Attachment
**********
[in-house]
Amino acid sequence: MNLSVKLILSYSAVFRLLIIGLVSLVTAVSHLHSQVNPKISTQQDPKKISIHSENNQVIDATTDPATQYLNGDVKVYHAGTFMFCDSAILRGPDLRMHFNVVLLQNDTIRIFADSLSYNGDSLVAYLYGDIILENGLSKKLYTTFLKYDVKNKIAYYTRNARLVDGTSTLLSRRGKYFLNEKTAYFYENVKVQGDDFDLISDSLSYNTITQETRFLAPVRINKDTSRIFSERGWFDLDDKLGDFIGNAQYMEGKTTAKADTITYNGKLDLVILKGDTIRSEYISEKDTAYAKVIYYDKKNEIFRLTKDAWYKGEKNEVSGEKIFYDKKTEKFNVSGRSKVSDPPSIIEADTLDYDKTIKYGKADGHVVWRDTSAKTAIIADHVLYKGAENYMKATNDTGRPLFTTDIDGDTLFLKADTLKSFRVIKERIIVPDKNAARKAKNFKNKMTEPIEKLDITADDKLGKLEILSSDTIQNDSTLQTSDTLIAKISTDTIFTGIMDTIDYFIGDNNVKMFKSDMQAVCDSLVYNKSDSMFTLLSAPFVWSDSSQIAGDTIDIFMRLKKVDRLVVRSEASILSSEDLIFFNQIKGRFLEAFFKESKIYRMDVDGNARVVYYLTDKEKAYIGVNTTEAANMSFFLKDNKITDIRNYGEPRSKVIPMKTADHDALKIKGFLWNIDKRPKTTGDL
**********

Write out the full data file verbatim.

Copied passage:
[in-house]
Amino acid sequence: MNLSVKLILSYSAVFRLLIIGLVSLVTAVSHLHSQVNPKISTQQDPKKISIHSENNQVIDATTDPATQYLNGDVKVYHAGTFMFCDSAILRGPDLRMHFNVVLLQNDTIRIFADSLSYNGDSLVAYLYGDIILENGLSKKLYTTFLKYDVKNKIAYYTRNARLVDGTSTLLSRRGKYFLNEKTAYFYENVKVQGDDFDLISDSLSYNTITQETRFLAPVRINKDTSRIFSERGWFDLDDKLGDFIGNAQYMEGKTTAKADTITYNGKLDLVILKGDTIRSEYISEKDTAYAKVIYYDKKNEIFRLTKDAWYKGEKNEVSGEKIFYDKKTEKFNVSGRSKVSDPPSIIEADTLDYDKTIKYGKADGHVVWRDTSAKTAIIADHVLYKGAENYMKATNDTGRPLFTTDIDGDTLFLKADTLKSFRVIKERIIVPDKNAARKAKNFKNKMTEPIEKLDITADDKLGKLEILSSDTIQNDSTLQTSDTLIAKISTDTIFTGIMDTIDYFIGDNNVKMFKSDMQAVCDSLVYNKSDSMFTLLSAPFVWSDSSQIAGDTIDIFMRLKKVDRLVVRSEASILSSEDLIFFNQIKGRFLEAFFKESKIYRMDVDGNARVVYYLTDKEKAYIGVNTTEAANMSFFLKDNKITDIRNYGEPRSKVIPMKTADHDALKIKGFLWNIDKRPKTTGDL